For the 28th fuel element replacement and for annual plant inspection the Grafenrheinfeld nuclear power station was disconnected from the network on 6th March 2010. During this inspection it was the task of INSPECTOR SYSTEMS to inspect sections of the TH pipeline system with the aid of remote-controlled pipe robots.
For this, INSPECTOR SYSTEMS together with two other companies led the development of a total of three special pipe robots with which a visual inspection, an eddy current inspection and an ultrasonic wall thickness measurement can be carried out. Also, if necessary, curved longitudinal seams and round seams can be ground. The special challenge relating to the design of the pipe robots was that they had to be introduced into the pipeline through a valve with a small diameter.
For carrying out work on the inner pipeline surface a grinding robot was designed. This is based on the grinding robot technology for the internal machining of welding seams in nuclear power stations developed by INSPECTOR SYSTEMS and qualified by various national and international companies. The grinding robot grinds curved longitudinal seams of the TH pipeline and is designed so that curved longitudinal seams, round seams and also the basic material of the pipeline can be ground. The grinding module comprises a powerful three-phase current motor with a grinding disk, a rotating unit with a rotating angle of 380° and a radial stroke for the grinding motor. For finding the curved longitudinal seams to be ground, the robot is fitted with an inductive sensor and an inclinometer.
A locking devices seals the section of the pipe system ahead of the grinding unit off against grinding dust and thus prevents grinding dust being carried along within the pipe system. In order to inspect pipe bends simultaneously with the eddy current and ultrasonic process, an eddy current-ultrasonic inspection robot was developed. It is fitted with two pivoting sensor arms and rotates continuously. A cardan suspension system allows the sensors to be guided orthogonally to the surface being inspected. The rotating unit with a slip ring ensures a continuous rotary motion of the sensor arms. The inspection module developed by the company Kontrolltechnik was adapted to the INSPECTOR SYSTEMS drive system. With this combination vertical pipeline systems of the TH system can also be checked.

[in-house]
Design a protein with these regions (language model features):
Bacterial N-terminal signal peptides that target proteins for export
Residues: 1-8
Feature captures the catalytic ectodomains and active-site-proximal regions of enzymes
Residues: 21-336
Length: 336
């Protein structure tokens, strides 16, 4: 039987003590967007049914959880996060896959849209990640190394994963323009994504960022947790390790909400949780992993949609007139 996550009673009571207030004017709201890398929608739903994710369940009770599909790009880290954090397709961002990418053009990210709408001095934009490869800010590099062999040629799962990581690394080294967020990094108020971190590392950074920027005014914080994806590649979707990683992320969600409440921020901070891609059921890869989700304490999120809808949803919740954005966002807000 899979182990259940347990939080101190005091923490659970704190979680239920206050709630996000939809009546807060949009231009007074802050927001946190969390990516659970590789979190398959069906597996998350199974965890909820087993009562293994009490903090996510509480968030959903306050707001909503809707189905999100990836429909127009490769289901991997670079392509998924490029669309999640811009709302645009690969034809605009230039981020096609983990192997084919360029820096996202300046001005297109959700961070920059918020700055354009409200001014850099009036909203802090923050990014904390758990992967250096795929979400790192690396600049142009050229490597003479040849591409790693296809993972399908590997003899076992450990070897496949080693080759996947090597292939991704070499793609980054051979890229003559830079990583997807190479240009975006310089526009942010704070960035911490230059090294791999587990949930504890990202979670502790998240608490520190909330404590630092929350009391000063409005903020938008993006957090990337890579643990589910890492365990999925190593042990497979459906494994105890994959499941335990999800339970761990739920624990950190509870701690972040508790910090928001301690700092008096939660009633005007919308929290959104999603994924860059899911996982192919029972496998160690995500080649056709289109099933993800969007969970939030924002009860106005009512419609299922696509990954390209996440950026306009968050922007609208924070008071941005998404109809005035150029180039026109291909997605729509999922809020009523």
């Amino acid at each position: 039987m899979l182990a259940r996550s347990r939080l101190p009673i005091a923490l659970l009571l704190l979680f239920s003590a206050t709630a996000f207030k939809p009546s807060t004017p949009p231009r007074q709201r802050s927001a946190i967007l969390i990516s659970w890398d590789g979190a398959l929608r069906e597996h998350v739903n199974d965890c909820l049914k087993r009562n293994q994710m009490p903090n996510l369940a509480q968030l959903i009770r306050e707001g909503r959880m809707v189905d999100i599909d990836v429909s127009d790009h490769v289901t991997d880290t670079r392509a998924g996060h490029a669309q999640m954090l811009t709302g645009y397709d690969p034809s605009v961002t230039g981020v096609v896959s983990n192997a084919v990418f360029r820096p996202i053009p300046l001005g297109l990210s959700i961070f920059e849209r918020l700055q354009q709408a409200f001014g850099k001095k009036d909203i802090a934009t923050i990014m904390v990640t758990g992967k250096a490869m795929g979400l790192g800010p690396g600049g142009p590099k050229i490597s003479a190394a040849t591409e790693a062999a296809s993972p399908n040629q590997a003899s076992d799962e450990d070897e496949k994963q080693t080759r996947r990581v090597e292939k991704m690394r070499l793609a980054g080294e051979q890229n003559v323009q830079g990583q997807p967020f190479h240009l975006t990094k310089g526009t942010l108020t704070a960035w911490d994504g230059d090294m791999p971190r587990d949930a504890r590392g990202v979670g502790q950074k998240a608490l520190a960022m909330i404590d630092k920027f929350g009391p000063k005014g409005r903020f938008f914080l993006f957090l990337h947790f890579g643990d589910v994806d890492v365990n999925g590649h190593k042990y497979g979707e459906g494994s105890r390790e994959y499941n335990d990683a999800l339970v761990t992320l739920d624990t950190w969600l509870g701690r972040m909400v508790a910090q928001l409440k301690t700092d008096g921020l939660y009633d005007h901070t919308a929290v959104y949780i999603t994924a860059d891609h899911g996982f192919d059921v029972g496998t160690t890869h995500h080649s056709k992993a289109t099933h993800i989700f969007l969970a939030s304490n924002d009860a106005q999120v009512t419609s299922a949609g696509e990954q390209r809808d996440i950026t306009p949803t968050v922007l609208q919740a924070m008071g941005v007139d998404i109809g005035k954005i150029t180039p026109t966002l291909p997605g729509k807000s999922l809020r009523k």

An inspection-suction robot was also developed which combines two functions in one machine. It comprises a video inspection unit for qualified visual inspection within the TH pipeline system and a suction unit for cleaning the pipeline after grinding. The inspectionsuction robot includes a highresolution camera module with 10 x optical zoom, automatic and manual focussing and a powerful lighting element, the lighting intensity of which is controllable. The inspection unit is also fitted with a laser which is integrated into the rotating unit and can therefore reach every point on the inner circumference of the pipe. It allows pipeline sections to be measured to an accuracy of 0.2 mm. In this way the laser is used for the precise evaluation and classification of the camera image.
The suction unit is mounted on the rotating unit of the pipe robot. It comprises a suction tube, a guide pipe, a camera and a motor tube stroke. The suction tube is moved in the direction of the pipe wall via a stroke and the suction process is monitored with the suction camera. With the inspection / suction robot it is therefore possible to reach every point of the TH pipeline and to carry out targeted suction there.
All three robots are based on the tested and qualified INSPECTOR SYSTEMS concept. They each comprise three drive units and an inspection and machining head. The modules are flexibly connected to each other by means of folding bellows. This allows the entire TH pipeline system, including vertical sections and bends with a bending radius of 1.5 D to be traversed. The pipe robots were qualified with no objections together with the operator E.ON nuclear power and the assessor TÜV Süd and were successfully deployed during the inspection at the Grafenrheinfeld nuclear power station.